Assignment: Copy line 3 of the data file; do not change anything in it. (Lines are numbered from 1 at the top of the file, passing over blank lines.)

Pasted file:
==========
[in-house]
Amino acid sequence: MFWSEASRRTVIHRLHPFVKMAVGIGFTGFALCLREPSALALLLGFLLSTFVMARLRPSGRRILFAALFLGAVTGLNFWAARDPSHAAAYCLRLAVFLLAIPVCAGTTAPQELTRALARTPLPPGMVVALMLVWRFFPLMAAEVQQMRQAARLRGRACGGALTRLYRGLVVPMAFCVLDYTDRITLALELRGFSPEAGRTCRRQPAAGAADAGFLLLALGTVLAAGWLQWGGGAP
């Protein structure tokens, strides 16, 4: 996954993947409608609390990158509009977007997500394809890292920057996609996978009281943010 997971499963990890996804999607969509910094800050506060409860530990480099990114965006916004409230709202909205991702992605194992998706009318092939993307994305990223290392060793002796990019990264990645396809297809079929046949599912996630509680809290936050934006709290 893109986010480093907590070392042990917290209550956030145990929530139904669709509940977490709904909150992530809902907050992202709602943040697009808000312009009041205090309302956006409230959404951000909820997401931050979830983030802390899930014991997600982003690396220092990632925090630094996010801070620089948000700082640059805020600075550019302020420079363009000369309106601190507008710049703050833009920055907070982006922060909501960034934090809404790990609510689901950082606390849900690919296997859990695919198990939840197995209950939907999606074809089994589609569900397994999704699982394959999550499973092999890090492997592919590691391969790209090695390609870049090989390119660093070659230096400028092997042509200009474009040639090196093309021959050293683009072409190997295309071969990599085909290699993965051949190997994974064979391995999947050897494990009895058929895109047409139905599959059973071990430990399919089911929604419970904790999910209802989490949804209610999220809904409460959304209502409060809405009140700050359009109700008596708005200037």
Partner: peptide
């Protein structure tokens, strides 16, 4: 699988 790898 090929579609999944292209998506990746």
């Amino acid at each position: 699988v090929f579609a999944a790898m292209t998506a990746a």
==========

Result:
């Protein structure tokens, strides 16, 4: 996954993947409608609390990158509009977007997500394809890292920057996609996978009281943010 997971499963990890996804999607969509910094800050506060409860530990480099990114965006916004409230709202909205991702992605194992998706009318092939993307994305990223290392060793002796990019990264990645396809297809079929046949599912996630509680809290936050934006709290 893109986010480093907590070392042990917290209550956030145990929530139904669709509940977490709904909150992530809902907050992202709602943040697009808000312009009041205090309302956006409230959404951000909820997401931050979830983030802390899930014991997600982003690396220092990632925090630094996010801070620089948000700082640059805020600075550019302020420079363009000369309106601190507008710049703050833009920055907070982006922060909501960034934090809404790990609510689901950082606390849900690919296997859990695919198990939840197995209950939907999606074809089994589609569900397994999704699982394959999550499973092999890090492997592919590691391969790209090695390609870049090989390119660093070659230096400028092997042509200009474009040639090196093309021959050293683009072409190997295309071969990599085909290699993965051949190997994974064979391995999947050897494990009895058929895109047409139905599959059973071990430990399919089911929604419970904790999910209802989490949804209610999220809904409460959304209502409060809405009140700050359009109700008596708005200037």